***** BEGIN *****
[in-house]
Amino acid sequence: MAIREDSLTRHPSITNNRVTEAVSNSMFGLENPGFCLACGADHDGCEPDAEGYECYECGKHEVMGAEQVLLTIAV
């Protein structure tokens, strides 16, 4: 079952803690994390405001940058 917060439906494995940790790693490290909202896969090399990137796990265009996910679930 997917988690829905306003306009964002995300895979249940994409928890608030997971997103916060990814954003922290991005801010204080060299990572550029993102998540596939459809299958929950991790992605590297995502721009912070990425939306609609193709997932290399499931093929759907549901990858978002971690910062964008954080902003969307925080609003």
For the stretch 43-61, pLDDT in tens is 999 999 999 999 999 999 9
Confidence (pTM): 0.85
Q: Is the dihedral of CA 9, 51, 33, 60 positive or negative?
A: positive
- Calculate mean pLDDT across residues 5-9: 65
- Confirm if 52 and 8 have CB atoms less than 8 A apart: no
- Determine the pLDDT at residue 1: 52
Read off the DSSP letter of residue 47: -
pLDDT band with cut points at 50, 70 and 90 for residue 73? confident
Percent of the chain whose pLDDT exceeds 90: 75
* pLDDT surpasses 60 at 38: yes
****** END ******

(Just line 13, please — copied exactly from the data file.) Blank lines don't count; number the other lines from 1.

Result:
Percent of the chain whose pLDDT exceeds 90: 75